What would they do depends on what is their goal and their technical capabilities. If they are capable and in need of converting as much of atoms to "computronium" or to their copies (as either a final goal or instrumental one) then they will surely do that. No need to lose resources. If they are not capable then they will probably hang low until more capable and use only what is usable.
Nevertheless, in my opinion, goals may not be compatible with that strategy. Including one like "simulate a virtual reality with beings having good fun". For many final goals more usable is to secure and gather resources on a grand scale but try to use them on as small a scale as possible and sensible for the end goal. The small scale is more efficient because of the light speed limit and dilation of time. Machines might try to find technology to stop stars from dispersing energy (maybe to break them and cool them down in a controlled way or some way to block them and stabilize them inside enclosed space, I don't know). Then they might add a network of observing agents with low energy usage for security, but not to use those resources right away. Use the matter slowly at the center of the galaxy turning it into energy (+ some lost to the black hole) to work for eons. They might make the galaxy go dim to preserve resources but might choose not to use them until much later.

An alternative explanation of mistakes is that making mistakes and then correcting them was awarded during additional post-training refinement stages. I work with GPT-4 daily and sometimes it feels like it makes mistakes on purpose just to be able to say that it is sorry for the confusion and then correct it. It feels like it also makes fewer mistakes when you ask politely, which is rather strange (use please, thank you, etc.).

Nevertheless, distillation seems like a very possible thing that is also going on here.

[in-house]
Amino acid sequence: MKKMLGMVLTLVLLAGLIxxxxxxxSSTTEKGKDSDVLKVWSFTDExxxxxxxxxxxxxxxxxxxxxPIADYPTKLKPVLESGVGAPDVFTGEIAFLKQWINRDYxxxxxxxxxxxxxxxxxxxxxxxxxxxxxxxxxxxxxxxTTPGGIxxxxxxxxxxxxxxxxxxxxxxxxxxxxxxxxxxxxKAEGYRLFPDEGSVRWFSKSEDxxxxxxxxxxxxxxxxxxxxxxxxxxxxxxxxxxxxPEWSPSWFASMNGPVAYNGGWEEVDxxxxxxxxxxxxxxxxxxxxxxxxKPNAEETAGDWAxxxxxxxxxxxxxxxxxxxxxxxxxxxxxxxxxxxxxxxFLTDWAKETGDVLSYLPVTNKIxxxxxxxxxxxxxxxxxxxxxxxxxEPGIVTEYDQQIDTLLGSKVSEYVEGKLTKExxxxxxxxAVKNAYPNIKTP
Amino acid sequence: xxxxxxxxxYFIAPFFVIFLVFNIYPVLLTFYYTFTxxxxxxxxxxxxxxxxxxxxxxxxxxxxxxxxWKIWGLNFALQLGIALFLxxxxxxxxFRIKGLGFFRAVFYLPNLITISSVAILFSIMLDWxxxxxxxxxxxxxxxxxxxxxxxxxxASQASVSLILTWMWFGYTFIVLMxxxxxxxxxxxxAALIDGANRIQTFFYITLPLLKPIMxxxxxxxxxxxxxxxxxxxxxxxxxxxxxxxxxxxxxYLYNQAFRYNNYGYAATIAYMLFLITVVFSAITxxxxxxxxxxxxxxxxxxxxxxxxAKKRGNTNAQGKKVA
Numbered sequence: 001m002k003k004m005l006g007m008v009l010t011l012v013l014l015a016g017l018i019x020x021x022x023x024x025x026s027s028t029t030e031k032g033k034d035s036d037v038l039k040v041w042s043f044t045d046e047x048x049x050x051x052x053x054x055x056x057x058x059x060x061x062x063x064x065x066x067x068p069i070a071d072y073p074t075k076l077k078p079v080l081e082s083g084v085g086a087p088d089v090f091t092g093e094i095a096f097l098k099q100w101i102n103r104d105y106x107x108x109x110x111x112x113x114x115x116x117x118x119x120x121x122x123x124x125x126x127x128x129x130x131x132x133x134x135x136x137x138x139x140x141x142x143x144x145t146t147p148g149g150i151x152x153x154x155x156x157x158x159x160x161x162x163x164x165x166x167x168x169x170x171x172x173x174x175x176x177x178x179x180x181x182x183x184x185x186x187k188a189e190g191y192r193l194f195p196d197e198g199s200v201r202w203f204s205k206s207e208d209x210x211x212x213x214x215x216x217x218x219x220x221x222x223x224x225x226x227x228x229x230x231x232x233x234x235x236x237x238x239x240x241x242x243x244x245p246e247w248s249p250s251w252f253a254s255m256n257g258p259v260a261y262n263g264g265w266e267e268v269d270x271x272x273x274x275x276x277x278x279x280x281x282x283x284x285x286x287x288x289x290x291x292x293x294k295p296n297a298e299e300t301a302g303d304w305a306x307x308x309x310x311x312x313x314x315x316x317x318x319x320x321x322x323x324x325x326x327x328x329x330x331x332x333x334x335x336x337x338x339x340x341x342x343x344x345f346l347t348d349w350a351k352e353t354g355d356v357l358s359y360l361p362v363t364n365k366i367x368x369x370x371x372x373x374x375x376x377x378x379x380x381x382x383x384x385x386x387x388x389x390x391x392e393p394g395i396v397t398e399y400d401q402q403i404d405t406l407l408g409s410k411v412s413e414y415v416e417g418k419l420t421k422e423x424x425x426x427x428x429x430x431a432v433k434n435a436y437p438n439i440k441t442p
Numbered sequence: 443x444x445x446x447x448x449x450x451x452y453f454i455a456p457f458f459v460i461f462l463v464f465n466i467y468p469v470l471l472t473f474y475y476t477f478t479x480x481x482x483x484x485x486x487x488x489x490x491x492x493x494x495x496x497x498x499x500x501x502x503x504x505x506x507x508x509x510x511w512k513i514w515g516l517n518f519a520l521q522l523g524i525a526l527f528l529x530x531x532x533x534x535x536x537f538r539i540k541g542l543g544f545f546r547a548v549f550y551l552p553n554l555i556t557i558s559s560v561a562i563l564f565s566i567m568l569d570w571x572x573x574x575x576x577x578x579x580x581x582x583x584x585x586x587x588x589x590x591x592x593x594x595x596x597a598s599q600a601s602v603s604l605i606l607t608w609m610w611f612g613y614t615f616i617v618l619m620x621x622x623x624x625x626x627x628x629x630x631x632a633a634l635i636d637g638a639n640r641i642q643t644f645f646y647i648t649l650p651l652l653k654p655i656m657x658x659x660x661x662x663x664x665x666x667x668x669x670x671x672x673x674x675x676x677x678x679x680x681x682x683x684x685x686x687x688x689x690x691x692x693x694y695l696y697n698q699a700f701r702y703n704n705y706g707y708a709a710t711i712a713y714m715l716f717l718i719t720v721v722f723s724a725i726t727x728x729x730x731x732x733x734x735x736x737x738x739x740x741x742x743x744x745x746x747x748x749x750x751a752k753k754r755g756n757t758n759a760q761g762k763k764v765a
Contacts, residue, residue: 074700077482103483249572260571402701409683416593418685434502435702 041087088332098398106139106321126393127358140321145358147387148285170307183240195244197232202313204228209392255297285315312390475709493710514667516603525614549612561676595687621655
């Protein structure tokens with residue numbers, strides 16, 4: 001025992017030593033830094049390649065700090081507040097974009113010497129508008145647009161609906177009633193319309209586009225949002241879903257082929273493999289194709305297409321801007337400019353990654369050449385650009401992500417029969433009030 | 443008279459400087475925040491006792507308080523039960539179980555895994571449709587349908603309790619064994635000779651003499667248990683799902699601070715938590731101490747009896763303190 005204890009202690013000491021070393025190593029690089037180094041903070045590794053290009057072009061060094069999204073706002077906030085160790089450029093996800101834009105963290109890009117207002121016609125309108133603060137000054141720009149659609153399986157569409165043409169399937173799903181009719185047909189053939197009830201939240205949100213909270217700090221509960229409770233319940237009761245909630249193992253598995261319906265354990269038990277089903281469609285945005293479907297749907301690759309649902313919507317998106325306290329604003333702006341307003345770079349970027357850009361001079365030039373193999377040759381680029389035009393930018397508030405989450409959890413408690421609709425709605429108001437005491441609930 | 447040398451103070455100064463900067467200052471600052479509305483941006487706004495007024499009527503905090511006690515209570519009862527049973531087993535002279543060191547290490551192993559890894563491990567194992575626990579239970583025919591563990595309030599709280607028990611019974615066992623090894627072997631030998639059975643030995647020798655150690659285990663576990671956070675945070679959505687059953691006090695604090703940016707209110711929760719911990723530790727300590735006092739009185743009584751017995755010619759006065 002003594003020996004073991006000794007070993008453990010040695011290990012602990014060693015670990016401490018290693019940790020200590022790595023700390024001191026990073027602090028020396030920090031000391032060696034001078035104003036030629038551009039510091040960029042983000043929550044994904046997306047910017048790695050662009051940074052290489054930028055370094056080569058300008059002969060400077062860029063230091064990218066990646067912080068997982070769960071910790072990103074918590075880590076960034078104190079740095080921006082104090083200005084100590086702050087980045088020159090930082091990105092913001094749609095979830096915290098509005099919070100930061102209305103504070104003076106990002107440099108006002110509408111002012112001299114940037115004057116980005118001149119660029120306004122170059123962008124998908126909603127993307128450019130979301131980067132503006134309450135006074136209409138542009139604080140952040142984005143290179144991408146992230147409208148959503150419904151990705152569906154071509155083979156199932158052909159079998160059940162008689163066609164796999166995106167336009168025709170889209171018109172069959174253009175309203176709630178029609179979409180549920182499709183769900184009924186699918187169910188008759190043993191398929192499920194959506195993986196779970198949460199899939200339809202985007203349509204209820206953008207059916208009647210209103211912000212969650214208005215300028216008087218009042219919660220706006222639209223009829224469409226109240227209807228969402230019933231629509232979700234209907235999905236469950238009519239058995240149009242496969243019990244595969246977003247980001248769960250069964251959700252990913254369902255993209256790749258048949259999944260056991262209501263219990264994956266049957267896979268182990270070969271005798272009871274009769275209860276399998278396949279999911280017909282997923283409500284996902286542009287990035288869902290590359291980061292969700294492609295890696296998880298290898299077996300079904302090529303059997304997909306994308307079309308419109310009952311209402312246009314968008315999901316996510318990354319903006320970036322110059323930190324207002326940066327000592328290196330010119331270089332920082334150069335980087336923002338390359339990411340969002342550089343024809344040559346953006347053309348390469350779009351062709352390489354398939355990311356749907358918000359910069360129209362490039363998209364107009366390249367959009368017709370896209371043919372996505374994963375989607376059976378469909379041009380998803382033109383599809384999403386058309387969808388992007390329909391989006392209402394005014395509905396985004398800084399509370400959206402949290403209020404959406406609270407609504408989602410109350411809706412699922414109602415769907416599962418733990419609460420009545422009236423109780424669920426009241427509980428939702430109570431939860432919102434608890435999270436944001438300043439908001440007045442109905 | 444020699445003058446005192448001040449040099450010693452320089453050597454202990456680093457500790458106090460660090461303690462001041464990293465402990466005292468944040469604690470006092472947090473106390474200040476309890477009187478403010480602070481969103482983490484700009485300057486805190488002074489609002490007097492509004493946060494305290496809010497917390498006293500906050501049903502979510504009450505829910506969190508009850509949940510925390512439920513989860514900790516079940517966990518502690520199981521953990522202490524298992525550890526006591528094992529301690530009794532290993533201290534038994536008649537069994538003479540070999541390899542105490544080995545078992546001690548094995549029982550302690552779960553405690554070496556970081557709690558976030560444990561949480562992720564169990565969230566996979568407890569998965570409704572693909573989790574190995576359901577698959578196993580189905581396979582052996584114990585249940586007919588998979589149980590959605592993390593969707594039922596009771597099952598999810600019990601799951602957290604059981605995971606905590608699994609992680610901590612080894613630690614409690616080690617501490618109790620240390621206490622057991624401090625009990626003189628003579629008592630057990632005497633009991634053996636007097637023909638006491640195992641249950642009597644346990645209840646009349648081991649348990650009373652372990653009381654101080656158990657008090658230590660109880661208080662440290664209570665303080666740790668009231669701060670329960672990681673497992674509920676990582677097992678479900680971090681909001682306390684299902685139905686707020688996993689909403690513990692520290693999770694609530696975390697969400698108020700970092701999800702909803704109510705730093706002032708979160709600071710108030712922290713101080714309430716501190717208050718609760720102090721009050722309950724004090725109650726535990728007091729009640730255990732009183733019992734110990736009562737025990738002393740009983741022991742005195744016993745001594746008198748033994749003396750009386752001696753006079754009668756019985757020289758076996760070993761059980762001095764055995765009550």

It does not distill the whole of a human mind though. There are areas that are intuitive for the average human, even a small child, that are not for the GPT-4. For example, it has problems with concepts of 3D geometry and visualizing things in 3D. It may have similar gaps in other areas, including more important ones (like moral intuitions).

I'm already worried as I tested AutoGPT and looked at how it works in code and for me, it seems like it will get very good planning capabilities with the change of a model to one with a few times longer token scope (like coming soon GPT-4 version with about 32k tokens) plus small refinements. So it won't get into loops, maybe have more than one GPT-4 module for different scopes of planning like long-term strategy vs short-term strategy vs tactic vs decisions on most current task + maybe some summarization-based memory. I don't see how it wouldn't work as an agent.

Htarlov1y5-2

Put it into ElasticSearch index and give GPT-4 simple query API that it can use by adding some prefix and predefined set of parameters or a JSON so the script would run it instead of communicating this back to the user and give an answer as user response with also predefined prefix. Then it should be able to get questions, search for info, and respond. Worked like a charm for a product database in PoC so should work for documentation.